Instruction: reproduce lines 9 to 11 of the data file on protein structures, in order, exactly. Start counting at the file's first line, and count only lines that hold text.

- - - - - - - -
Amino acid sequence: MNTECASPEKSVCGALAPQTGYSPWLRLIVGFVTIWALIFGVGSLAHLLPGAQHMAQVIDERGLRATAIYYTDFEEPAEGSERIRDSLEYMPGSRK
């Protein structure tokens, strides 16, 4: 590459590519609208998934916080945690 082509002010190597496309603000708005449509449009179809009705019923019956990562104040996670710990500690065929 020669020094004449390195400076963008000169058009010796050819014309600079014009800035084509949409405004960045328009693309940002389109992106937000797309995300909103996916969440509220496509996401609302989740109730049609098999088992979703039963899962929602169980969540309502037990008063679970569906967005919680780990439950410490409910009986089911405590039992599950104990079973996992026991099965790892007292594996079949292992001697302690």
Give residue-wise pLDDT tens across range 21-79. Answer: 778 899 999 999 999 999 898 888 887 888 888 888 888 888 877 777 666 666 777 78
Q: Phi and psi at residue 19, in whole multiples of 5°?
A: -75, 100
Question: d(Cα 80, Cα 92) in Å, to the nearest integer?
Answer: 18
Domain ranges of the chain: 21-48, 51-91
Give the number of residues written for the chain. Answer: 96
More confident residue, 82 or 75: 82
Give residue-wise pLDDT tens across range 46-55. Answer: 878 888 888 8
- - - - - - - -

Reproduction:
Give the number of residues written for the chain. Answer: 96
More confident residue, 82 or 75: 82
Give residue-wise pLDDT tens across range 46-55. Answer: 878 888 888 8